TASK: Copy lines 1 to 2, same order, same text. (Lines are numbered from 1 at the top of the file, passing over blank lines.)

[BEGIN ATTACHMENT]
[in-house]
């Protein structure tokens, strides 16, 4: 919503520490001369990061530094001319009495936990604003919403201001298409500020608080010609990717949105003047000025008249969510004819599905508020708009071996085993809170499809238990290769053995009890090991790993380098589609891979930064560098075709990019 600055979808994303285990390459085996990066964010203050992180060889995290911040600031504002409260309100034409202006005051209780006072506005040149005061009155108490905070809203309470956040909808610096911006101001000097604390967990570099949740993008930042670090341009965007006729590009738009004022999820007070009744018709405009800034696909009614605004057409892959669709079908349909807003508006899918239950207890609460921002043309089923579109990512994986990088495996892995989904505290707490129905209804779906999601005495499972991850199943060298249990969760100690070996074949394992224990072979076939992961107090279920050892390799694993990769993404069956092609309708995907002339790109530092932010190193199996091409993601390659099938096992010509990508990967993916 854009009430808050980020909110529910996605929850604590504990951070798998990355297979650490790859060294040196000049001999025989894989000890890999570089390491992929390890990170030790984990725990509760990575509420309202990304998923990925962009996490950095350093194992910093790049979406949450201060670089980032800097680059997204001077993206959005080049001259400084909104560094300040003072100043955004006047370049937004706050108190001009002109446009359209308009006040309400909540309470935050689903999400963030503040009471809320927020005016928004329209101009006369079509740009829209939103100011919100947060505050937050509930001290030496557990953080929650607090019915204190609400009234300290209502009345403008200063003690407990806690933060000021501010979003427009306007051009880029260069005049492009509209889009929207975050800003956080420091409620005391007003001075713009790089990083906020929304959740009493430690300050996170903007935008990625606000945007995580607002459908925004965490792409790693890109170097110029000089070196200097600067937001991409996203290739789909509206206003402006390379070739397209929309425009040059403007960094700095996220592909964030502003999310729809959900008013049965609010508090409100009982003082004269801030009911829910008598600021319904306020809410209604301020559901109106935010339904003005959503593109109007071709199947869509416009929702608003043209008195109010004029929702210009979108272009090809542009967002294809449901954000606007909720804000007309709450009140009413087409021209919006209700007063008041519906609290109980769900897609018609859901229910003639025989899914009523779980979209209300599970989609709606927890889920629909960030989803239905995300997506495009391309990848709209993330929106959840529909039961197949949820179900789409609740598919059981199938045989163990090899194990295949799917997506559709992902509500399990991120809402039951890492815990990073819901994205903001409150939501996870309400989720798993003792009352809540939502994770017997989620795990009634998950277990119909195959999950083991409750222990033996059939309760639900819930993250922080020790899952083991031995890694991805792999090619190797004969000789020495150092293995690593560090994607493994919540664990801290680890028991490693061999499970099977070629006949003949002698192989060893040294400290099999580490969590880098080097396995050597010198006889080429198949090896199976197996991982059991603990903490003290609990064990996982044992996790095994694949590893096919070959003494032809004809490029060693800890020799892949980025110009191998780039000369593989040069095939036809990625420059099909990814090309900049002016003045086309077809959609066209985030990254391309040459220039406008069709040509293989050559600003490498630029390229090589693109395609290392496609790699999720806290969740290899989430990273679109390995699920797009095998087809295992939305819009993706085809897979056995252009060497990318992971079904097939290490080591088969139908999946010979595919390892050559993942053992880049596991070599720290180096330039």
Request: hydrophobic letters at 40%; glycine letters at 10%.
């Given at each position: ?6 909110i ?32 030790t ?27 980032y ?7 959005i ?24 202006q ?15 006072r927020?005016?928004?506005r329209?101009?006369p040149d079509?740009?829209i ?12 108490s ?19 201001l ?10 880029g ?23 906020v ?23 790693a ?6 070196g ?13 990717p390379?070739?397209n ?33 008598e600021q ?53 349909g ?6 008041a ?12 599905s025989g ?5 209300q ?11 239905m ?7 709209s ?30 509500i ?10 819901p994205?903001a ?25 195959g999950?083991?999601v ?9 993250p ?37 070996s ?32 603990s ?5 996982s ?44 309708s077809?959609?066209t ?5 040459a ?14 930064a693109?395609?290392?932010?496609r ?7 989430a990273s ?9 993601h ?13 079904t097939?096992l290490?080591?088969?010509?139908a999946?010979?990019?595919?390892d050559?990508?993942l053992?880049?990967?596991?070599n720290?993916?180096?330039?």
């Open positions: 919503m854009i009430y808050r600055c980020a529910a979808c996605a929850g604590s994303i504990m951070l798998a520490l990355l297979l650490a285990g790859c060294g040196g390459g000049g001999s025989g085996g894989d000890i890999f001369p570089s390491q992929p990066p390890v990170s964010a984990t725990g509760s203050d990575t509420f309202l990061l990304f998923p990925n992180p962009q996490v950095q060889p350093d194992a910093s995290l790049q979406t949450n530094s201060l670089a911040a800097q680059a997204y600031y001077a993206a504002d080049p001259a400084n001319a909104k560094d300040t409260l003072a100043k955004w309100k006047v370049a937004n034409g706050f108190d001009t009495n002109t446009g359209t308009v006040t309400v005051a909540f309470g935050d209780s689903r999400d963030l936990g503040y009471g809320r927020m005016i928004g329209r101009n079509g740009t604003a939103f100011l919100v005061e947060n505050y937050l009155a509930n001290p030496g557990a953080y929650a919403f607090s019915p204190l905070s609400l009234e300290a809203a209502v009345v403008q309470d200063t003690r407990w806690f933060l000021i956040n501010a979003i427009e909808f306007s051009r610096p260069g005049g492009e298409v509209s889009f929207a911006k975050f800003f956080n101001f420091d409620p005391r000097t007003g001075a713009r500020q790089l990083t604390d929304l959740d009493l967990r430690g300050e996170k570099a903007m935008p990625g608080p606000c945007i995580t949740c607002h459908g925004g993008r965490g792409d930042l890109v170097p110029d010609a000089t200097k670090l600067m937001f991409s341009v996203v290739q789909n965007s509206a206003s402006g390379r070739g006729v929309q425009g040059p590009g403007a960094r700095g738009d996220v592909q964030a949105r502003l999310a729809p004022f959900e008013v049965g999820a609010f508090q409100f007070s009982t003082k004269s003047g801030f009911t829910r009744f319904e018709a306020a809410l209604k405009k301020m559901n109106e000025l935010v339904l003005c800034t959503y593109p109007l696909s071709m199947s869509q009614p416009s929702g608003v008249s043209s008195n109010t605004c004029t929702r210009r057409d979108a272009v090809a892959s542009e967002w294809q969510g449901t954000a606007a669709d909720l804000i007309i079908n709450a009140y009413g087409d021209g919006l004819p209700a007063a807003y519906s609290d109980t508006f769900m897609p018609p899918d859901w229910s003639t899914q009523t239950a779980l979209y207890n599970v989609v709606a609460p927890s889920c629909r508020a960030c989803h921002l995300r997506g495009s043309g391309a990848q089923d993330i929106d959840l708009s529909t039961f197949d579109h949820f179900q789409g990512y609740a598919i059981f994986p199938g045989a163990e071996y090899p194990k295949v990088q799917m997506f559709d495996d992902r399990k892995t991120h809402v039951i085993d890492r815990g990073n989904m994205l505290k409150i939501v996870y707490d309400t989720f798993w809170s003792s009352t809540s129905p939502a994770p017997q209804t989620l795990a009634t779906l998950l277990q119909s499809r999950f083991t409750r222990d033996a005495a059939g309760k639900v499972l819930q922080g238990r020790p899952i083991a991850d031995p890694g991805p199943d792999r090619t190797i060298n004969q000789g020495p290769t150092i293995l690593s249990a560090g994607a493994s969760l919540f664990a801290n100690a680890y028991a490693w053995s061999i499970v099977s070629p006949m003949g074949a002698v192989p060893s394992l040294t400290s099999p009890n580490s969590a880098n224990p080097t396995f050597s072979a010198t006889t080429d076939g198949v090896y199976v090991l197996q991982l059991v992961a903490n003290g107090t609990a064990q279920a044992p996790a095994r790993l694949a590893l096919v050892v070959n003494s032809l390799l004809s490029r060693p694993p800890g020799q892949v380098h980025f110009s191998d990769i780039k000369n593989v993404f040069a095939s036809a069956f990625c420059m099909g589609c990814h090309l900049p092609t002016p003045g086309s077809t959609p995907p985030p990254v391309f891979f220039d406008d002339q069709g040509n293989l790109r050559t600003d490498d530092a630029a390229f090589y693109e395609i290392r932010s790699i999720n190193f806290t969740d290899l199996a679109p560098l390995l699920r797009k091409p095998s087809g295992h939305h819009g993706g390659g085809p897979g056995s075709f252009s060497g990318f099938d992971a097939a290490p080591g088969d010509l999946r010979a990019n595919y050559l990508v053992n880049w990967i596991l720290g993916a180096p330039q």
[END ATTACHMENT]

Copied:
[in-house]
């Protein structure tokens, strides 16, 4: 919503520490001369990061530094001319009495936990604003919403201001298409500020608080010609990717949105003047000025008249969510004819599905508020708009071996085993809170499809238990290769053995009890090991790993380098589609891979930064560098075709990019 600055979808994303285990390459085996990066964010203050992180060889995290911040600031504002409260309100034409202006005051209780006072506005040149005061009155108490905070809203309470956040909808610096911006101001000097604390967990570099949740993008930042670090341009965007006729590009738009004022999820007070009744018709405009800034696909009614605004057409892959669709079908349909807003508006899918239950207890609460921002043309089923579109990512994986990088495996892995989904505290707490129905209804779906999601005495499972991850199943060298249990969760100690070996074949394992224990072979076939992961107090279920050892390799694993990769993404069956092609309708995907002339790109530092932010190193199996091409993601390659099938096992010509990508990967993916 854009009430808050980020909110529910996605929850604590504990951070798998990355297979650490790859060294040196000049001999025989894989000890890999570089390491992929390890990170030790984990725990509760990575509420309202990304998923990925962009996490950095350093194992910093790049979406949450201060670089980032800097680059997204001077993206959005080049001259400084909104560094300040003072100043955004006047370049937004706050108190001009002109446009359209308009006040309400909540309470935050689903999400963030503040009471809320927020005016928004329209101009006369079509740009829209939103100011919100947060505050937050509930001290030496557990953080929650607090019915204190609400009234300290209502009345403008200063003690407990806690933060000021501010979003427009306007051009880029260069005049492009509209889009929207975050800003956080420091409620005391007003001075713009790089990083906020929304959740009493430690300050996170903007935008990625606000945007995580607002459908925004965490792409790693890109170097110029000089070196200097600067937001991409996203290739789909509206206003402006390379070739397209929309425009040059403007960094700095996220592909964030502003999310729809959900008013049965609010508090409100009982003082004269801030009911829910008598600021319904306020809410209604301020559901109106935010339904003005959503593109109007071709199947869509416009929702608003043209008195109010004029929702210009979108272009090809542009967002294809449901954000606007909720804000007309709450009140009413087409021209919006209700007063008041519906609290109980769900897609018609859901229910003639025989899914009523779980979209209300599970989609709606927890889920629909960030989803239905995300997506495009391309990848709209993330929106959840529909039961197949949820179900789409609740598919059981199938045989163990090899194990295949799917997506559709992902509500399990991120809402039951890492815990990073819901994205903001409150939501996870309400989720798993003792009352809540939502994770017997989620795990009634998950277990119909195959999950083991409750222990033996059939309760639900819930993250922080020790899952083991031995890694991805792999090619190797004969000789020495150092293995690593560090994607493994919540664990801290680890028991490693061999499970099977070629006949003949002698192989060893040294400290099999580490969590880098080097396995050597010198006889080429198949090896199976197996991982059991603990903490003290609990064990996982044992996790095994694949590893096919070959003494032809004809490029060693800890020799892949980025110009191998780039000369593989040069095939036809990625420059099909990814090309900049002016003045086309077809959609066209985030990254391309040459220039406008069709040509293989050559600003490498630029390229090589693109395609290392496609790699999720806290969740290899989430990273679109390995699920797009095998087809295992939305819009993706085809897979056995252009060497990318992971079904097939290490080591088969139908999946010979595919390892050559993942053992880049596991070599720290180096330039």